Eight-Lined Wrasse adults reach up to 5.5 inches (14 cm).
These fish are hardy and easy to maintain once they are established in the aquarium. Make sure the individual you choose is eating and active.
The Eight-Lined Wrasses are carnivorous, in the wild they feed on many small organisms such as various crustaceans, molluscs, sea urchins, crab larvae, and fish eggs. Provide a diet rich in all kinds of protein foods, formulas and flakes with an emphasis on small crustaceans. They are very active and need to be fed twice a day at least if not more. As with other lined wrasses they benefit from productive live rock. Picking on the rock, they will eat the copepods, amphipods, and other micro fauna it provides.
These exceptionally hardy, disease resistant, and easy to care for. Provide basic marine aquarium care with a 20% water change monthly or 10% twice a month.
For more information see, Marine Aquarium Basics: Maintenance
This fish needs to have plenty of good quality live rock with plenty of cracks and crevices for retreating into to feel comfortable, especially in a smaller aquarium.
Minimum Tank Length/Size:
A minimum 30 gallon (113.5 liters) aquarium.
Light: Recommended light levels
Prefers sunlight to moderate light.
No special requirements. Normal temperatures for marine fish is between 74° and 79° Fahrenheit.
Water Movement: Weak, Moderate, Strong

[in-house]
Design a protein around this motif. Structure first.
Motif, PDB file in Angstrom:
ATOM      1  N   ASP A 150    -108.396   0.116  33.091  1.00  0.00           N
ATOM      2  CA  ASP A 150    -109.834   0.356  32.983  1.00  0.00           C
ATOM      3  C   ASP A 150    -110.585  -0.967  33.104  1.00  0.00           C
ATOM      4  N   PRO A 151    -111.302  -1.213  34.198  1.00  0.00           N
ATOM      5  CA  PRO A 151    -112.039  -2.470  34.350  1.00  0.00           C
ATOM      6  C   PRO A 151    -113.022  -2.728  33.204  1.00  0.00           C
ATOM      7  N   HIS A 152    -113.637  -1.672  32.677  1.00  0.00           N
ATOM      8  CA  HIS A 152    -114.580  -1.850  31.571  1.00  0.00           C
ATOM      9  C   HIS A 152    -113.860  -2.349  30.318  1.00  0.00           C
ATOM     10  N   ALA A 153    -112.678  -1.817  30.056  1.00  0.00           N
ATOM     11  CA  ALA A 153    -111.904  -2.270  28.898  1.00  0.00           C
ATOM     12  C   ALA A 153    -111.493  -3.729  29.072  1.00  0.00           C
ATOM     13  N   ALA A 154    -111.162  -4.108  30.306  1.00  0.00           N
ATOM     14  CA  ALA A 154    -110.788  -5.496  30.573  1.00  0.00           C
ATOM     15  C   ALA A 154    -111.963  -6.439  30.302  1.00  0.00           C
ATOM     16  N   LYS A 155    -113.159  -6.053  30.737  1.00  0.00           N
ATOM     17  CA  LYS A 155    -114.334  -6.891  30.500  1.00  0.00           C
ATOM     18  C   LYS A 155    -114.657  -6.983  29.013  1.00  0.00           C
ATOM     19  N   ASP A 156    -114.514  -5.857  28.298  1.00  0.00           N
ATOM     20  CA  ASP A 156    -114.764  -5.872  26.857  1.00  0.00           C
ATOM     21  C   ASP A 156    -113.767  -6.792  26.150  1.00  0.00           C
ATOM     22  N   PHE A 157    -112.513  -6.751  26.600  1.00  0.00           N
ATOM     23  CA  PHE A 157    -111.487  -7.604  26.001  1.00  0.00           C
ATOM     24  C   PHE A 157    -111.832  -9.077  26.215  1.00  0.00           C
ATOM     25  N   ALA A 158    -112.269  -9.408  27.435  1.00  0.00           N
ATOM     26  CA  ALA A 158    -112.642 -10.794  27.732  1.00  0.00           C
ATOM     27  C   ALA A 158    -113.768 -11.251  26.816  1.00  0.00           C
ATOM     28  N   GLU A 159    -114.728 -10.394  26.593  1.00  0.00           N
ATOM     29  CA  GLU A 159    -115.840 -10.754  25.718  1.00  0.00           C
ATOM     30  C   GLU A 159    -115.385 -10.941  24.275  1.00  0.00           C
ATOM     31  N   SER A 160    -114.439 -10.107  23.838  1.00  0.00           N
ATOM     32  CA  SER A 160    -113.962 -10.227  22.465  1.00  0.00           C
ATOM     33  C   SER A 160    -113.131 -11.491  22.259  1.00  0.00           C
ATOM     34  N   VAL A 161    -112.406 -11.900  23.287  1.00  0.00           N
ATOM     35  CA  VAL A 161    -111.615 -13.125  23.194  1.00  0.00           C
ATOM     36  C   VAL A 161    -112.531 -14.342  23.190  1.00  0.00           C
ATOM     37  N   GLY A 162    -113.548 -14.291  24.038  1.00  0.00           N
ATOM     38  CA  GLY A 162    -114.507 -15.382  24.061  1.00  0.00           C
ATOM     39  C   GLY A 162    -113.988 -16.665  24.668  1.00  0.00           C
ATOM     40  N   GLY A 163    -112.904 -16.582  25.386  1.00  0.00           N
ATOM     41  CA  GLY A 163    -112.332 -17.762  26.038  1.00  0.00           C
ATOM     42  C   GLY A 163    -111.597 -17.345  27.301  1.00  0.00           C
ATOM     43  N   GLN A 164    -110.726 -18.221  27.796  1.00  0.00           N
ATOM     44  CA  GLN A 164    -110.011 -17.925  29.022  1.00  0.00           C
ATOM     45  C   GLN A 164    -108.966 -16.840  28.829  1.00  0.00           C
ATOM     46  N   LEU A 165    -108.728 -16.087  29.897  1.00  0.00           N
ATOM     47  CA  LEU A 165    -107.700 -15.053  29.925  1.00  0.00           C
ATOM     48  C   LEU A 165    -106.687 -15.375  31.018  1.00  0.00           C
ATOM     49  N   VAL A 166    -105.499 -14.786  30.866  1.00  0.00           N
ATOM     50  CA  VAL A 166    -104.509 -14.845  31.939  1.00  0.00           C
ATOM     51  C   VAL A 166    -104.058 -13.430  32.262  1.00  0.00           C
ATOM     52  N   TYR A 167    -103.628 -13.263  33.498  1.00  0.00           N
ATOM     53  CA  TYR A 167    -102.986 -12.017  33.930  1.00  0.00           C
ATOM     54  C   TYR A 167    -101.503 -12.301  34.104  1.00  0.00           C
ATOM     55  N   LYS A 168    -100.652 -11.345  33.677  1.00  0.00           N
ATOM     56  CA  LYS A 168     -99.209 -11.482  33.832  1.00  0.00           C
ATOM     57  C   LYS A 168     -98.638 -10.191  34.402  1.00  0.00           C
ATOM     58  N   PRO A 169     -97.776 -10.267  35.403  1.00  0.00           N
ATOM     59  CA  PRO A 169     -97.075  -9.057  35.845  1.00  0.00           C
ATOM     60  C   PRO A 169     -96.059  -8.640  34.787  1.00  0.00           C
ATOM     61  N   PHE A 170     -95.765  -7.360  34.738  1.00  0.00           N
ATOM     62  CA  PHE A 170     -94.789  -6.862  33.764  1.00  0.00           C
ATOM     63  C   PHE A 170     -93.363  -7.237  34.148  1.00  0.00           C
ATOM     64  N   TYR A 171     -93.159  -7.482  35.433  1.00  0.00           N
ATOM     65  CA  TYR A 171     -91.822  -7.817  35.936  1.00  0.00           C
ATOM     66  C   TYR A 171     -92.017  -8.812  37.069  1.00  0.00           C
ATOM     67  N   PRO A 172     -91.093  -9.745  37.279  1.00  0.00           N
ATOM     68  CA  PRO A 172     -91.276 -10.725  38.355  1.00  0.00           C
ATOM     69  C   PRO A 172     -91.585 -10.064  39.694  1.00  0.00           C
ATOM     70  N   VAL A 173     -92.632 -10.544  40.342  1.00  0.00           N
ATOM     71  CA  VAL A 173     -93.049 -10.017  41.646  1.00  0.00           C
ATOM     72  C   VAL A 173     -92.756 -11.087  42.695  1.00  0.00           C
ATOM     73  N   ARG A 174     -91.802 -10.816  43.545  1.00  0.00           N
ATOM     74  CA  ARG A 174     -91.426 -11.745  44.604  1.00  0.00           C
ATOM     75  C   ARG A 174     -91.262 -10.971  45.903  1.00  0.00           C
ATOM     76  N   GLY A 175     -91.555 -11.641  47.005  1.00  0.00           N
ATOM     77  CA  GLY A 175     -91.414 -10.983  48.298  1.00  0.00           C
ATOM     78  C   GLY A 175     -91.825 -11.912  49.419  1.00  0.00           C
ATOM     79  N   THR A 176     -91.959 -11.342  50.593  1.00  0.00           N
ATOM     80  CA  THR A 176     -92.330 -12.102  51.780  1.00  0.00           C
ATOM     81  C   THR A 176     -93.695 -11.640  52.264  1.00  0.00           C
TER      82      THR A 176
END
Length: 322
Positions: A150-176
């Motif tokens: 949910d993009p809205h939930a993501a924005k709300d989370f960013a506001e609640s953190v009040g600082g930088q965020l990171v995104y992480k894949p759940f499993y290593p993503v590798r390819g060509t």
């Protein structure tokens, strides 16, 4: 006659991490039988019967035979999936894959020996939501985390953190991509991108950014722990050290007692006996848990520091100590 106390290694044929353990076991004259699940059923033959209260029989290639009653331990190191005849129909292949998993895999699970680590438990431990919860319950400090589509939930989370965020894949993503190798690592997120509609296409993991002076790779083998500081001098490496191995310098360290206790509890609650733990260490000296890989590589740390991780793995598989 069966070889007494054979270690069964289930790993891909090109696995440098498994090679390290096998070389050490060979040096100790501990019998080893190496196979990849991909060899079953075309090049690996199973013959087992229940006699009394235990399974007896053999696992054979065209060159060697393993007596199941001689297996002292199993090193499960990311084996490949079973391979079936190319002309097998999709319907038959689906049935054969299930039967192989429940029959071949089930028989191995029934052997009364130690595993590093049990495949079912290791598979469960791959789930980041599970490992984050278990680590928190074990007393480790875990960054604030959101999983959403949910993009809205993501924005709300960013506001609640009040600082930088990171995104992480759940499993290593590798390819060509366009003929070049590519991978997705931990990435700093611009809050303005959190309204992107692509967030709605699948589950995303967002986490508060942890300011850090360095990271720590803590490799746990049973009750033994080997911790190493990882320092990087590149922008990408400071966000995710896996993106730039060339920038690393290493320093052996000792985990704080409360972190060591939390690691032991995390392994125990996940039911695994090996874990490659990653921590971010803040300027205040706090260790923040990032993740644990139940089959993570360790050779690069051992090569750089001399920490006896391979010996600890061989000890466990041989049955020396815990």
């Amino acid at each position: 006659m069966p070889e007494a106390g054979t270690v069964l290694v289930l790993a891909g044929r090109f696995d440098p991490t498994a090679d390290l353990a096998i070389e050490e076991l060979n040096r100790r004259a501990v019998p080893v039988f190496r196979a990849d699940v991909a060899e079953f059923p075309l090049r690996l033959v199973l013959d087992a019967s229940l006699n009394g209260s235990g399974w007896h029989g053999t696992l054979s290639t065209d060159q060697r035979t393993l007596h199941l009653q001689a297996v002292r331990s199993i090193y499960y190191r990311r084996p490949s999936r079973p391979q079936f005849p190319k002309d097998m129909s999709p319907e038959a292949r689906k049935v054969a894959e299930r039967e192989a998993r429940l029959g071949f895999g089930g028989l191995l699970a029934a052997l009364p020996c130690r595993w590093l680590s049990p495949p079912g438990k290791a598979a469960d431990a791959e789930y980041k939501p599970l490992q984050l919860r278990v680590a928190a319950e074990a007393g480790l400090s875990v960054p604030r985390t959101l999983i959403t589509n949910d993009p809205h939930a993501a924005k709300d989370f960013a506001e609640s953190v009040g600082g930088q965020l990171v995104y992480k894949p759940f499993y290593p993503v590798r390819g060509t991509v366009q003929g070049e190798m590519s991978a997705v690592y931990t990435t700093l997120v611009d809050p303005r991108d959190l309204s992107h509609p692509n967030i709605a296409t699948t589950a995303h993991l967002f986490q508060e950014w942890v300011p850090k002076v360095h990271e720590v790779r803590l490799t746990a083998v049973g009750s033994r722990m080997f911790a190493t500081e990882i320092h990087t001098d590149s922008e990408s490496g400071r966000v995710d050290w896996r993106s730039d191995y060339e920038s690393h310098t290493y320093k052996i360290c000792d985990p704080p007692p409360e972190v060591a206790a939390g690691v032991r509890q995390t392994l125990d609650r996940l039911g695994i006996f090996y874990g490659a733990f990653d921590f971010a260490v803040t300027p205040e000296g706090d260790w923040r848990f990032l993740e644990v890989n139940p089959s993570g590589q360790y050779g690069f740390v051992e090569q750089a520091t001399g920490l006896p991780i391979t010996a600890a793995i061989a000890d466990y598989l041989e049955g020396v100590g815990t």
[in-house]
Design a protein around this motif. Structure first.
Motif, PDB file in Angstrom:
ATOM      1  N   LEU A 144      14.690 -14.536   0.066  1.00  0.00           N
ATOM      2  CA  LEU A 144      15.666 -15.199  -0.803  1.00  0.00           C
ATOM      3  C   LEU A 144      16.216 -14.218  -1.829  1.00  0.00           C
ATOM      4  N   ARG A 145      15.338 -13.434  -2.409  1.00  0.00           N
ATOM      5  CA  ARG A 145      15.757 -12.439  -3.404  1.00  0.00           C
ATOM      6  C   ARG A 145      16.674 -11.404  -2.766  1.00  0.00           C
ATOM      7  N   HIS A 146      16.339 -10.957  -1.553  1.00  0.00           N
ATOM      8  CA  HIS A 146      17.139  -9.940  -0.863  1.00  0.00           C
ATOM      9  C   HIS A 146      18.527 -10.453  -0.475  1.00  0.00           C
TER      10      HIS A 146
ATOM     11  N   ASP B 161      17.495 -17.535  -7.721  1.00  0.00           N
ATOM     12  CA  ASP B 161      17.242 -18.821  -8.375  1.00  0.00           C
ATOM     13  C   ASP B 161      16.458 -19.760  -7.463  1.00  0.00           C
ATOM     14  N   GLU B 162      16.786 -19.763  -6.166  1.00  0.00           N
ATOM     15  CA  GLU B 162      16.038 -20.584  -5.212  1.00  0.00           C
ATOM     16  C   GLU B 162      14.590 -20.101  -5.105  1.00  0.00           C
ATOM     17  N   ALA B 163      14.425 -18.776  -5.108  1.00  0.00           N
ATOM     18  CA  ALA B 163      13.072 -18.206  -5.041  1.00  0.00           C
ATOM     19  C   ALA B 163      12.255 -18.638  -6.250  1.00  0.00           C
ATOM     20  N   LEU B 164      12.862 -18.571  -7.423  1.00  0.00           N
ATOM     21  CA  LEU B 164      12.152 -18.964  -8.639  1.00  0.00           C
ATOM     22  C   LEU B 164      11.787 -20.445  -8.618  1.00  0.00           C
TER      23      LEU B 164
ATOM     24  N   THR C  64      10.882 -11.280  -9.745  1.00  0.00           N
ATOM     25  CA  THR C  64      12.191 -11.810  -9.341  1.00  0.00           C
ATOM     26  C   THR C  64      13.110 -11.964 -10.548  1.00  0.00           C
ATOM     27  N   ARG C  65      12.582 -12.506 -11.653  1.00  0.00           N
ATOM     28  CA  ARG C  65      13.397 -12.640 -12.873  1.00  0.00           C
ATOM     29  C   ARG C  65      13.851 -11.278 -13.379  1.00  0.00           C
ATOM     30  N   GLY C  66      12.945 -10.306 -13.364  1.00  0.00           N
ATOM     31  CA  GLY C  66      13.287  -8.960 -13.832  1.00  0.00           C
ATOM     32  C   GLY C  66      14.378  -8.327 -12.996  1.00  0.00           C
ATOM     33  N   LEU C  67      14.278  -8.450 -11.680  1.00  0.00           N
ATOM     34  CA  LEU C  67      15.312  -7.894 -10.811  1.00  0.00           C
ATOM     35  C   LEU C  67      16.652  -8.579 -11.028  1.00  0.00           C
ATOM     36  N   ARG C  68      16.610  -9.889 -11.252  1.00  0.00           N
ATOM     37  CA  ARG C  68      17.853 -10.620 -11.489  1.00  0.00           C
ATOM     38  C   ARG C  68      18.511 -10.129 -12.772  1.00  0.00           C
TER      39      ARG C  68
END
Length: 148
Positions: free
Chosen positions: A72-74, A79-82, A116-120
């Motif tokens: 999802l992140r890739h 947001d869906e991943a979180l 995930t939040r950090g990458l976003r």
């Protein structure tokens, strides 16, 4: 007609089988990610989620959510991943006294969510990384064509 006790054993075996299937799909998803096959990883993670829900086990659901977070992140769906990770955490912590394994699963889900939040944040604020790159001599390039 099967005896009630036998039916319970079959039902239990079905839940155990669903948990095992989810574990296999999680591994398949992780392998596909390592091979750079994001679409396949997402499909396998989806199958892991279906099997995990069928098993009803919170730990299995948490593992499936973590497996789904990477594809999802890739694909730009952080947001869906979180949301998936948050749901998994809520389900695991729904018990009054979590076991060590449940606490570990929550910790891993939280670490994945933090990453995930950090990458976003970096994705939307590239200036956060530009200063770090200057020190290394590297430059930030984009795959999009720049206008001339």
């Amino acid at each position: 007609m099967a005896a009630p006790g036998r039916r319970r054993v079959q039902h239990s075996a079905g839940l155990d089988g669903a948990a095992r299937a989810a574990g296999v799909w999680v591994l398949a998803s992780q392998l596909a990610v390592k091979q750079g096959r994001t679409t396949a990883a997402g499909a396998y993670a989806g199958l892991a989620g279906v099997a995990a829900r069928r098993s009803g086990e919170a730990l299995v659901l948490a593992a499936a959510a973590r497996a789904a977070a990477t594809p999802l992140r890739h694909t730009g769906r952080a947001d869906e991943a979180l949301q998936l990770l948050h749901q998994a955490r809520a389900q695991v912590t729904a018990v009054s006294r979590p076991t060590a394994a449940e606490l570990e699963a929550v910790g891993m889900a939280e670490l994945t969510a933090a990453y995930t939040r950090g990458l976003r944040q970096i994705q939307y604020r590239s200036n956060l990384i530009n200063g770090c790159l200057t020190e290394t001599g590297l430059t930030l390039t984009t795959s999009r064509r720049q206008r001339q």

No special requirements.
Water Region: Top, Middle, Bottom
They will usually spending most of their time in the rockwork.
The Eight-Lined Wrasse should be kept singly as they do not co-habitat well with other lined wrasses. Even in the wild they do not keep harems. They are basically reef safe or can be kept in a non-reef setting. They will do best with semi-aggressive or larger, less aggressive tank mates like tangs, angelfish and butterflyfish, surgeonfish, puffers, goatfish, filefish, and squirrelfish.
When choosing tank mates, avoid shrimp, gastropods, smaller fish, small urchins, or crabs as the Eight-LIned Wrasse will eat them happily! Larger dottybacks, hawkfish, and triggerfish do not make good tank mates as they may pick on the this wrasse. Likewise the Eight-Lined Wrasse will harass smaller fish to death. Even shy or peaceful fish such as firefish, gobies, grammas, mandarins, seahorses, Pipefish, fairy wrasses, flasher wrasses, and leopard wrasses will be harassed. Predators such as groupers, lionfish, and scorpion fish will eat the lined wrasses in a heartbeat.
It seems there is a direct correlation between size and sex for the Eight-Lined Wrasse. The males are generally the largest, with females coming in second and immature fish being the smallest.
The males will show off a more intense coloring during mating.
Has not been bred in captivity.
Though not as readily available as some of the other lined wrasses, the Eight-Lined Wrasse can sometimes be acquired by request from your pet store or found on the internet and can cost about $30.00 to $40.00 USD.